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Marquette Wire

The student news site of Marquette University

Marquette Wire

The student news site of Marquette University

Marquette Wire

Second season of ’24’ saves day again

Jack Bauer (Kiefer Sutherland), still recovering from his wife’s death, is summoned by his colleagues for his expertise in an escalating situation involving a terrorist threat of nuclear proportions. Meanwhile, President David Palmer (Dennis Haysbert) must deal with both the terrorist threat and his staff’s fidelity and obedience.

A shaky first four or five episodes worried hardcore fans that “24” had fallen into the “sophomore jinx” category. However, the return of the evil women of the first season, Sherry Palmer (Penny Johnson Jerald) and Nina Myers (Sarah Clarke), gives the show a much-needed spark. For a span of nine episodes (from 3 p.m. to midnight), “24” produces some of the most riveting drama, action and plot twists television has ever seen.

Planes are shot down, Jack interrogates a terrorist, and a there is a tear-jerking phone conversation between father and daughter. The remaining eight hours of the show shift the focus from the nuclear threat to a potential breakout of war, in a situation that — depending on your political affiliation — resembled the events in Iraq.

Storylines include a family of three (a father and two grown daughters) that must reschedule wedding plans for one of the daughters because the groom-to-be is suspected of being involved in the terrorist threat. The accused maintains his innocence and even accuses his future father-in-law of terrorist connections. A game of “He said, he said” tears the family apart.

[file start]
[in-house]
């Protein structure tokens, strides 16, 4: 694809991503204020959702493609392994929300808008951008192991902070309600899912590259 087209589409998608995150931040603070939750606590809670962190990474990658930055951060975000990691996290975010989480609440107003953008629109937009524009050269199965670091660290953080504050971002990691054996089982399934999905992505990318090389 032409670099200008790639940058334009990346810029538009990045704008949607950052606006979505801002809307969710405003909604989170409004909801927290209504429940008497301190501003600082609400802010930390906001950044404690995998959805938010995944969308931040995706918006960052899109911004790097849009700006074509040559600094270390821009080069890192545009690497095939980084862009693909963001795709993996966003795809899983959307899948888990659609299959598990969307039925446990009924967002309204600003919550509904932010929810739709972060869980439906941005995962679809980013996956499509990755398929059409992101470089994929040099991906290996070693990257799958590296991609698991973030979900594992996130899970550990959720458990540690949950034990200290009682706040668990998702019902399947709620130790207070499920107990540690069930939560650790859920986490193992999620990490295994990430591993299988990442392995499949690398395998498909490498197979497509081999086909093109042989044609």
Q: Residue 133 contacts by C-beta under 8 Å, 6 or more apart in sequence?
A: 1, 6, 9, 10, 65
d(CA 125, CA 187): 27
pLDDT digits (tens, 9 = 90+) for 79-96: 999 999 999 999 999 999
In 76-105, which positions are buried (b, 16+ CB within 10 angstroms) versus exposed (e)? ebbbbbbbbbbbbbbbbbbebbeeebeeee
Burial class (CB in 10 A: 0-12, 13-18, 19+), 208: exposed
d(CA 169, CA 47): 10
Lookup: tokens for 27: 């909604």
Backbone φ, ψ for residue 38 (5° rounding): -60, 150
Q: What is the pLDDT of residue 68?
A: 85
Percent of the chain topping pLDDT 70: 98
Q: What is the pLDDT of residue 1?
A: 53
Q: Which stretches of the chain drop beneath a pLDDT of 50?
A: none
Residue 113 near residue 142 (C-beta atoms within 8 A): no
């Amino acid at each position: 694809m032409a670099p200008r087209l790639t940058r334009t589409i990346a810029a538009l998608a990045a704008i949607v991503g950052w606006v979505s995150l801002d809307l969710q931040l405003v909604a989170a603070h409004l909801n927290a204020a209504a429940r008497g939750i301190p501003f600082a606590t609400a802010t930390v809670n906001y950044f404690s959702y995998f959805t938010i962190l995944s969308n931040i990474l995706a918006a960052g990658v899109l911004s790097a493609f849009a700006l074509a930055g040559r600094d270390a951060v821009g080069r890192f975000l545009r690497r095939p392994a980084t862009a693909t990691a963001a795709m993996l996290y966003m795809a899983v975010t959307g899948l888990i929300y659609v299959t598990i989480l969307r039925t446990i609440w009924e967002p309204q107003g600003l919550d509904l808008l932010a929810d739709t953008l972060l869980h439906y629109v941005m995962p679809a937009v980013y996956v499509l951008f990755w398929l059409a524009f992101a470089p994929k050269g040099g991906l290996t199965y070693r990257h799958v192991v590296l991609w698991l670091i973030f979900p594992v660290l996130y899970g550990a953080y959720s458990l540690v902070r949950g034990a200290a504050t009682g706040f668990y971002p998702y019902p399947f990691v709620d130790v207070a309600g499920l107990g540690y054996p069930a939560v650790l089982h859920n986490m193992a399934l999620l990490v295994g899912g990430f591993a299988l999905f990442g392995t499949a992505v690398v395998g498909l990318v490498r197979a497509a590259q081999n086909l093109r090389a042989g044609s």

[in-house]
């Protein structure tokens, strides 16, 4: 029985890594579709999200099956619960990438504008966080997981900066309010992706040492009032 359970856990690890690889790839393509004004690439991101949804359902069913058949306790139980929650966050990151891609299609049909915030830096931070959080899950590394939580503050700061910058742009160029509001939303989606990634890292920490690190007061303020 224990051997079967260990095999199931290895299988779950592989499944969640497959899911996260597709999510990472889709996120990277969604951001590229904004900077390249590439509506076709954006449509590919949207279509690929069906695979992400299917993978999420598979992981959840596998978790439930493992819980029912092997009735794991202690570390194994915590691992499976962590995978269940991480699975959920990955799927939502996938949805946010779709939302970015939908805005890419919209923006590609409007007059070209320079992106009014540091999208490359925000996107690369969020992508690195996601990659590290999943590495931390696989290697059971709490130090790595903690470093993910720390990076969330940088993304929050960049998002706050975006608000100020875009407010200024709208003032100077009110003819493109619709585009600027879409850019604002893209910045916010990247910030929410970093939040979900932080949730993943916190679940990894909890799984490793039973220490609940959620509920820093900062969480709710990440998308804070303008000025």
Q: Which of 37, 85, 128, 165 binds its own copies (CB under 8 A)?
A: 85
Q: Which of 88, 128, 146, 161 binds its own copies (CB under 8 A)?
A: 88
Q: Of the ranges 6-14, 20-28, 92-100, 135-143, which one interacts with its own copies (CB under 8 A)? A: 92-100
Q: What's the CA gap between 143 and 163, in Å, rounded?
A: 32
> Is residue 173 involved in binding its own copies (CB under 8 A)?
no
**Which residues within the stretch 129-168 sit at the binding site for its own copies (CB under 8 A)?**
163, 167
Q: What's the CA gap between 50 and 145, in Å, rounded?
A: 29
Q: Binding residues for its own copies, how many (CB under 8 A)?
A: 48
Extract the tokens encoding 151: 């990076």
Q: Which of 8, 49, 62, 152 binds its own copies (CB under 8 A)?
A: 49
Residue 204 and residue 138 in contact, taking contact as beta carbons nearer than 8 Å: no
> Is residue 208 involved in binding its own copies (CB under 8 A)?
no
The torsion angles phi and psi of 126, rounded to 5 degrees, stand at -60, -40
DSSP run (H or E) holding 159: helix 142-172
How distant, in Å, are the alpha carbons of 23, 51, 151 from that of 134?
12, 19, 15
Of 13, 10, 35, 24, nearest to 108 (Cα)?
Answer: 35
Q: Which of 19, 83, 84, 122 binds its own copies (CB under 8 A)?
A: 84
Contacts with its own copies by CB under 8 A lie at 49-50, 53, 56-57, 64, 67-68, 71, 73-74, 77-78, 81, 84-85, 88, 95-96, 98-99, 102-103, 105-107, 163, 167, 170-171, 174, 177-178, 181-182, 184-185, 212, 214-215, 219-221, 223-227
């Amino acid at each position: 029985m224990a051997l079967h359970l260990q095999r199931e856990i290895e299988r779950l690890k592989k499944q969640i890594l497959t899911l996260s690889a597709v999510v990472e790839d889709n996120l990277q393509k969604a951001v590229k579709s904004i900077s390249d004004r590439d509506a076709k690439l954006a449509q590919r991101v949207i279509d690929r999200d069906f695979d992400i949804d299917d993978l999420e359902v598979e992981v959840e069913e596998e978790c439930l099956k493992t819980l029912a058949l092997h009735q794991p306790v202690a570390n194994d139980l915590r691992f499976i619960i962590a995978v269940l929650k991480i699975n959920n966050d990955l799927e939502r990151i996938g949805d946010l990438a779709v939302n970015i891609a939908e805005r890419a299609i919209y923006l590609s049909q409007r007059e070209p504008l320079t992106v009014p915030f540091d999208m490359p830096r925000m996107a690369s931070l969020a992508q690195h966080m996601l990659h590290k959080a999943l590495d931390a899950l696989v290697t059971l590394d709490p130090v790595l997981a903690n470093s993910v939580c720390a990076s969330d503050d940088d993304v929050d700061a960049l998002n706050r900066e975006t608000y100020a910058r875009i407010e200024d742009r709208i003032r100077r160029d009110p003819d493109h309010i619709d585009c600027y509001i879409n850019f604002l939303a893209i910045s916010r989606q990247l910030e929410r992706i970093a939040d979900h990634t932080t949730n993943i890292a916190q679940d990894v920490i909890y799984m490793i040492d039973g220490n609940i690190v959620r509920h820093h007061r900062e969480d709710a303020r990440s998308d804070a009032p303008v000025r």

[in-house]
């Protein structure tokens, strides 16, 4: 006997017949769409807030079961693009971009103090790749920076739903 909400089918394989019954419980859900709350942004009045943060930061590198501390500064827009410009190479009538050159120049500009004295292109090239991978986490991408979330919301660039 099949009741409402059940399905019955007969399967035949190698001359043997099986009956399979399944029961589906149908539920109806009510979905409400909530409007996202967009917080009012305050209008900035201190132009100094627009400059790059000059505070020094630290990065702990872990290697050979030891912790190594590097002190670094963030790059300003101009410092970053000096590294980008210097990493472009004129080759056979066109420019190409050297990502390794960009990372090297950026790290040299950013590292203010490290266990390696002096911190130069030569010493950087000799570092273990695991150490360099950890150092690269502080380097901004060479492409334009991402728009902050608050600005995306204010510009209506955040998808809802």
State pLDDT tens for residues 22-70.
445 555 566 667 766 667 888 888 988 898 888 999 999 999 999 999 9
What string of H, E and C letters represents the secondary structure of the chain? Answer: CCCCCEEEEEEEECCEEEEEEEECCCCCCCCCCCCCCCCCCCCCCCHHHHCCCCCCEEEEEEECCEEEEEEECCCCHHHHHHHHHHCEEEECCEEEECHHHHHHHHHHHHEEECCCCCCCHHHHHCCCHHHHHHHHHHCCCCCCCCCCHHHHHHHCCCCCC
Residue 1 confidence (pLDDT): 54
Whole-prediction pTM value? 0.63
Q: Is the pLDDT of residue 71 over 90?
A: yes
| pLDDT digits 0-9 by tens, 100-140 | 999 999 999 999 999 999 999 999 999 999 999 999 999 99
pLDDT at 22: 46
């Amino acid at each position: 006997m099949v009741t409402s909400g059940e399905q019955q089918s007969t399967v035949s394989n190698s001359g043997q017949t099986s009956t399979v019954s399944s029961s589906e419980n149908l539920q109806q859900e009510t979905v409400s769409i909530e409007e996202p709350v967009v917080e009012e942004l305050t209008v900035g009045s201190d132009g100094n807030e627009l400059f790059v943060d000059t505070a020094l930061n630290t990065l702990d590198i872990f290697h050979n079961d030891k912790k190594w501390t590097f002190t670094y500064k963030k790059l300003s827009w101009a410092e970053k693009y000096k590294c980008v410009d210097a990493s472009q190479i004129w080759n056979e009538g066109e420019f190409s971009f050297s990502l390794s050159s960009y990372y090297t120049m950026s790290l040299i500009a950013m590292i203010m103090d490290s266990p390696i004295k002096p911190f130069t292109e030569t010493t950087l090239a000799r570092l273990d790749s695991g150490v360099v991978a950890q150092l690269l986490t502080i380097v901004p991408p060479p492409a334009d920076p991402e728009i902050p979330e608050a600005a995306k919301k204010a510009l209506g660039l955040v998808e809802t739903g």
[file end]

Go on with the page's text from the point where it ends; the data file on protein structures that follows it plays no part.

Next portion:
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Meanwhile President Palmer is dealing with the nuclear threat when his ex-wife, Sherry, returns and tells him that members of the government are conspiring against him.

The worst subplots involve Jack’s daughter, Kim (Elisha Cuthbert), who finds implausible trouble everywhere she goes, but looks good doing it. The only other gripe would be the gratuitous amount of torture/interrogation scenes, only one of which (involving a terrorist’s family) is truly intense.

Sutherland and Haysbert are again outstanding. Their facial expressions, used effectively by cinematographer Rodney Charters, convey the power and intensity that can carry an entire scene.

Sutherland gives Jack a darker, more ruthless character than the Jack of the first season, and Haysbert’s Palmer exudes confidence and resilience in the face of his political adversaries (including his Lady MacBeth-ish ex-wife, who may or may not be helping him).

Other highlights of this season include the character of George Mason (Xander Berkely), arguably the best-developed supporting character for the first two seasons.

George, Jack’s sardonic superior, is exposed to radiation and becomes an unlikely hero as he continues to work on the threat despite his inevitable death. The best moment of season two comes right at the end, when the die-hard fans of the show from the beginning of the first season are rewarded for paying attention.

The second season DVD blows away the first season’s DVD in terms of extra features. Six of the episodes include audio commentaries by varying cast members and producers. A bonus disc contains a plethora of deleted scenes with commentary on why they were deleted and two documentaries on the extra disc also impress, particularly “24 Exposed” and its use of split screens — ridiculous for a documentary of a television show.

“24”- Season Two: A

DVD features: AB